In this episode of the podcast our host Kyra Araneta is joined by  Dr. Séagh Kehoe, a Lecturer in Chinese Studies in the School of Humanities at Westminster. In this interview we discuss Seagh’s academic journey and the focus of their PhD. We also unpack Chinese media representations and the impact they have on both people and politics. Towards the end, Seagh shares some of their ideas and methods for decolonising the Chinese studies/Humanities classroom.

Listen to this episodeTranscript [PDF]

Episode 22: Derin Fadina – “Unsettled Subjects” and decolonising Architecture

In this episode of the podcast our host Kyra Araneta is joined by Westminster alumni, Derin Fadina, who recently graduated with a Master’s in Architecture. In this interview we delve into Derin’s academic background, what drew him to Architecture as both an art form and discipline, and his experience of studying it as an undergrad and postgrad. We reflect on his work on our project’s reading lists as well as his involvement in the ‘Unsettled Subjects: Confronting Questions’ project in the School of Architecture. Towards the end, Derin also shares how lecturers can begin to decolonise their pedagogy and practice.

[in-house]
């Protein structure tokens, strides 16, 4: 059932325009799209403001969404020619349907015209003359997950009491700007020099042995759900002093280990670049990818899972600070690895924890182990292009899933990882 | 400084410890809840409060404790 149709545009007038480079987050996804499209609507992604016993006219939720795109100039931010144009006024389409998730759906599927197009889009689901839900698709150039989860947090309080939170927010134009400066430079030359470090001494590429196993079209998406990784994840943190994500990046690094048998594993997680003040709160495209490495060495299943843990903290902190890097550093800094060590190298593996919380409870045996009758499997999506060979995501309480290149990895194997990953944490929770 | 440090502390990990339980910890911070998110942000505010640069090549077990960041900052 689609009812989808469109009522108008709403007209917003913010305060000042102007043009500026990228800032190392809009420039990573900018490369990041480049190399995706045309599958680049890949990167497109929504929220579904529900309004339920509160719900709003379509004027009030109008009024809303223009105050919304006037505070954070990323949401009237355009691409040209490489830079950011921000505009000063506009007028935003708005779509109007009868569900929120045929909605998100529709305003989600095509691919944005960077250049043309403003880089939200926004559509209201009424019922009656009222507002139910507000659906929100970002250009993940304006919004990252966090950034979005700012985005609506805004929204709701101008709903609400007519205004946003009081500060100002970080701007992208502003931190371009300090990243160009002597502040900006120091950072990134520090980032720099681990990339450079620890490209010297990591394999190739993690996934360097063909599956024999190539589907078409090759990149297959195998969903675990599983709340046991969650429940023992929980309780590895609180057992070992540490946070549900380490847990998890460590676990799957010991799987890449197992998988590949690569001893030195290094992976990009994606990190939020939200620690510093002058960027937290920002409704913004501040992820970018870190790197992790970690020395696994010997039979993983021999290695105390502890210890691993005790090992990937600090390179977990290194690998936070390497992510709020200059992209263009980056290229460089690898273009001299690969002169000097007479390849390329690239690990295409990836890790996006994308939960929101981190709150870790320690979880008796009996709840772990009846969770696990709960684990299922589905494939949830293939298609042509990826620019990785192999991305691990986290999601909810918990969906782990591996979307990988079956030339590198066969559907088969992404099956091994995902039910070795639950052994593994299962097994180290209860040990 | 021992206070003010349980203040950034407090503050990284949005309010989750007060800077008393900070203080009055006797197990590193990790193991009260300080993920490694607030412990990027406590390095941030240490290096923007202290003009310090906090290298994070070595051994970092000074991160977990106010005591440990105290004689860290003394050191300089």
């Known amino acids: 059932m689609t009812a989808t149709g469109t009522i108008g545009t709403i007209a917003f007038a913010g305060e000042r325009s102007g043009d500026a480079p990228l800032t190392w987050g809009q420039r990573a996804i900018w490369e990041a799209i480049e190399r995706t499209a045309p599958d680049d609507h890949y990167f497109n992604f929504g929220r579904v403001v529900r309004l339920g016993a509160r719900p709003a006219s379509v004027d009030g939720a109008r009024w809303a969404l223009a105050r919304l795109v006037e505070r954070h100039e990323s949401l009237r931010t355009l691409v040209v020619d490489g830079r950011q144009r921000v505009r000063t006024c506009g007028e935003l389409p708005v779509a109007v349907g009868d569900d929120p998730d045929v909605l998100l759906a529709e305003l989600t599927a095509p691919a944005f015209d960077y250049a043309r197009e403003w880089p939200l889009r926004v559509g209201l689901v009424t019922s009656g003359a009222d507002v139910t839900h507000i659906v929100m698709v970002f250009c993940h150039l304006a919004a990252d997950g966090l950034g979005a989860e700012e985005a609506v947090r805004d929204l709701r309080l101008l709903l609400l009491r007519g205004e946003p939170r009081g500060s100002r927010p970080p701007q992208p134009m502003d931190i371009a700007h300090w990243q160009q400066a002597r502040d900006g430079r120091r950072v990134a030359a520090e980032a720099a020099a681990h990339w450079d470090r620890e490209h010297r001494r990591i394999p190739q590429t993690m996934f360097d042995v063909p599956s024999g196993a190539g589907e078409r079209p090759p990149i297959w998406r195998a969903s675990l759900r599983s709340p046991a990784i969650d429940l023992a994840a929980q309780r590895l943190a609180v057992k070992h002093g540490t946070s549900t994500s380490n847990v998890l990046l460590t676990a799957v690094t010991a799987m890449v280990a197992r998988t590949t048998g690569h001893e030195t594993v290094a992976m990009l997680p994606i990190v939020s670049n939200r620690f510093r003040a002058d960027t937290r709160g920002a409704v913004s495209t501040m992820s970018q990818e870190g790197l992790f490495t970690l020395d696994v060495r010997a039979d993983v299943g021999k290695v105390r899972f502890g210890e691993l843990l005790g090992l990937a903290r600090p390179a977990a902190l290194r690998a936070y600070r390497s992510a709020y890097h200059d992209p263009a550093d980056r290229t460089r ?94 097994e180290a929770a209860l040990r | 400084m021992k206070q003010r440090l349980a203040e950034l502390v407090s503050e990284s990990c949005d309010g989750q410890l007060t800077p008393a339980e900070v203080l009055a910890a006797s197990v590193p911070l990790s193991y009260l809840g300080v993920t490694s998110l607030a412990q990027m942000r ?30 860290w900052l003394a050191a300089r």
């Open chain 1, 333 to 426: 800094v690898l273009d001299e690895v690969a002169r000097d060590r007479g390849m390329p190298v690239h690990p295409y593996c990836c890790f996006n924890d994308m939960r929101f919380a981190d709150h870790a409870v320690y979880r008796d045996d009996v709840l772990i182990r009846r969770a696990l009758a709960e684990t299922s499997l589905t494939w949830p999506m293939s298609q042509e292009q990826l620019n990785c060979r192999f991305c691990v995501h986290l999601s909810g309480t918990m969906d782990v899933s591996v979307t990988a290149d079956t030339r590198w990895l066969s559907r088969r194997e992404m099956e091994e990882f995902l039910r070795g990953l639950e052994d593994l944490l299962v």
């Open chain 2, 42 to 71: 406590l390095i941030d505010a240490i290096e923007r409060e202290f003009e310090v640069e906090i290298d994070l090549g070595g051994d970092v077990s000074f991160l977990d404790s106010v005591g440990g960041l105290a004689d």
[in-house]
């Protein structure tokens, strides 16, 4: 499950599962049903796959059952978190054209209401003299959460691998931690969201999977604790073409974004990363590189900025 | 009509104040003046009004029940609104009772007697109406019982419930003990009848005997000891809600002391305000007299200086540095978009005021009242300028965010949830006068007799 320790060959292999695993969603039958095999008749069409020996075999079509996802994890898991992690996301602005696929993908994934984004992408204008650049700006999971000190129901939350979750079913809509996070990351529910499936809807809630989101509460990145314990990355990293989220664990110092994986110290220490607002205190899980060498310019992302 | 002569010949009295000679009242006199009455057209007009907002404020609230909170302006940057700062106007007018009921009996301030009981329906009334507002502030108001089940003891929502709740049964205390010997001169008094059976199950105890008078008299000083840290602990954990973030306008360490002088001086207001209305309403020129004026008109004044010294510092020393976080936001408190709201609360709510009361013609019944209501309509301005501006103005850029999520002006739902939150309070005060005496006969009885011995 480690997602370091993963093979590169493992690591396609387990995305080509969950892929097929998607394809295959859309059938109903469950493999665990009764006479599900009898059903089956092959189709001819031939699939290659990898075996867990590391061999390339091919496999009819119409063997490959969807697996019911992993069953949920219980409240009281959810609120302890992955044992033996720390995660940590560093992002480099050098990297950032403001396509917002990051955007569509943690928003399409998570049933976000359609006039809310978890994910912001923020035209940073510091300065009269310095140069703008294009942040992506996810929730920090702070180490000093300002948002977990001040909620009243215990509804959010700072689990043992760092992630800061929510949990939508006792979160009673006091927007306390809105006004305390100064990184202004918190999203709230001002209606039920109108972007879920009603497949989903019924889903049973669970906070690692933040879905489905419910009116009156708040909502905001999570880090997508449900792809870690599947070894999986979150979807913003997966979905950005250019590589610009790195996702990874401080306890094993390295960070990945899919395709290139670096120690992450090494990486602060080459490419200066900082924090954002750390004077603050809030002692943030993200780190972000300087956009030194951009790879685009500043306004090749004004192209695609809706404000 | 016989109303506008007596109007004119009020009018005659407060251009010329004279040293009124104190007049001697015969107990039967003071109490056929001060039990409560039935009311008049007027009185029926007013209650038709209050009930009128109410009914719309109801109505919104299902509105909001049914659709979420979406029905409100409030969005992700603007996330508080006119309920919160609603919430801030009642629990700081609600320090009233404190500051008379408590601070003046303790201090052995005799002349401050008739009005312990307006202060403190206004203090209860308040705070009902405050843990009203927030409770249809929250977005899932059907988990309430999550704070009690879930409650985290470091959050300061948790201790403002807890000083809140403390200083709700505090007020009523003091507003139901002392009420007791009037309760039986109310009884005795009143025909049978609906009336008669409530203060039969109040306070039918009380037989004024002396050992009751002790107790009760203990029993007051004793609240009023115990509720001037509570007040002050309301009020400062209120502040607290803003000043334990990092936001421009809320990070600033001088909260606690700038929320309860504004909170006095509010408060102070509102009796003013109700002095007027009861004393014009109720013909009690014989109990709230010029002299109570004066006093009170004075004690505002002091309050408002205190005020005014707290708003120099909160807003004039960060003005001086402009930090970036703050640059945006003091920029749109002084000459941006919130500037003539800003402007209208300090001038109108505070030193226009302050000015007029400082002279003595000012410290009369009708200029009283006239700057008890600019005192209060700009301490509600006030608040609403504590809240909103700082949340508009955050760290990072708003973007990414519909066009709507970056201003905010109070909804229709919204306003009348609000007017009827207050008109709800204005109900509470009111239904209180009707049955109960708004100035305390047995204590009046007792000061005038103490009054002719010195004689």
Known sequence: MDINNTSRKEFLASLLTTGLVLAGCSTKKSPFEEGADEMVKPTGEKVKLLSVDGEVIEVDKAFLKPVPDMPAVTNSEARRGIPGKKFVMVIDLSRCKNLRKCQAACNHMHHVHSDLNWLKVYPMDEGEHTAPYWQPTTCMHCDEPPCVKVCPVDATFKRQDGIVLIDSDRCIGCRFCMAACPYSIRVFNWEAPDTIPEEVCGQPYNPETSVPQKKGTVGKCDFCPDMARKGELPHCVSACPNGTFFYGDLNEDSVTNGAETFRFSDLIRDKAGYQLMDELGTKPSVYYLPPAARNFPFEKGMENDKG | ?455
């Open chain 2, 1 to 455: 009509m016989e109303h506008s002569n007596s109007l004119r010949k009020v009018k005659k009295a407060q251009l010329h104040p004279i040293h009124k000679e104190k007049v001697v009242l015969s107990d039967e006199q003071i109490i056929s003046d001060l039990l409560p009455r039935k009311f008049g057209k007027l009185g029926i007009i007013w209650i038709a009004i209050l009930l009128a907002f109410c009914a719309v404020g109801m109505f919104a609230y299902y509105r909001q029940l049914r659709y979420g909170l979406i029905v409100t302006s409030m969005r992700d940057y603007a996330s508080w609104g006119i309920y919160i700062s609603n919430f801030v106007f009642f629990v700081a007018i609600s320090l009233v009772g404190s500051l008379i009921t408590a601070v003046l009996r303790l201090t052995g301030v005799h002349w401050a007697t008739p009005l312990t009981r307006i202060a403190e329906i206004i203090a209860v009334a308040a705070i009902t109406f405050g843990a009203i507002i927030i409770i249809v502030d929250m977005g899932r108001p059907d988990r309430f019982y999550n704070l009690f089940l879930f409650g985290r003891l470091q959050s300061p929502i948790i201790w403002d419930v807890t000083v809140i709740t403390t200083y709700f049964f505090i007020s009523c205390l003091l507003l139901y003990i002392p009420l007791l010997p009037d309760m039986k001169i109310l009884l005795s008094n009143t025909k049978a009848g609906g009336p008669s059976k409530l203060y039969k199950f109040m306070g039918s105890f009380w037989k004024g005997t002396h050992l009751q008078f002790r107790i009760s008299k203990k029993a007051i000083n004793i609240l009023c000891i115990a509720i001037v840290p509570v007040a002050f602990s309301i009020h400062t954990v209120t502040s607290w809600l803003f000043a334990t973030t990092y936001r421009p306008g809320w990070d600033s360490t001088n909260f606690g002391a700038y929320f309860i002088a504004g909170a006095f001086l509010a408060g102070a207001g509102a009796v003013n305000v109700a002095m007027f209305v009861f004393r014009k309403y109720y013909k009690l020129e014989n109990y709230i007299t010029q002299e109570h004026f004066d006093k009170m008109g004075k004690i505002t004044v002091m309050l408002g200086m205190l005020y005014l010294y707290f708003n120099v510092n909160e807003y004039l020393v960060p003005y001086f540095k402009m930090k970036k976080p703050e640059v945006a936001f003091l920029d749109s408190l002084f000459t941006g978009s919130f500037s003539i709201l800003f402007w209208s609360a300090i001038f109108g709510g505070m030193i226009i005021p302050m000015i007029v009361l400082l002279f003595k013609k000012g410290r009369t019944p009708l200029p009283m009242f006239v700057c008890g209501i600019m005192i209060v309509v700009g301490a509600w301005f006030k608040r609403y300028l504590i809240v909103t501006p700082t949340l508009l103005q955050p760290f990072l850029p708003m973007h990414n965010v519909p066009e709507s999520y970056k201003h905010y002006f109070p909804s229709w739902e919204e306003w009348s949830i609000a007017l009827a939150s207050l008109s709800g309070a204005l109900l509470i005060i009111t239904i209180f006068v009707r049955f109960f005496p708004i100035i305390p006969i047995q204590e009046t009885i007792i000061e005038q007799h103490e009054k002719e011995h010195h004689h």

Listen to this episode Transcript [PDF]

Episode 23: Remi-Joseph Salisbury – Critical Race Theory in the UK, decriminalising the classroom and decolonising educational research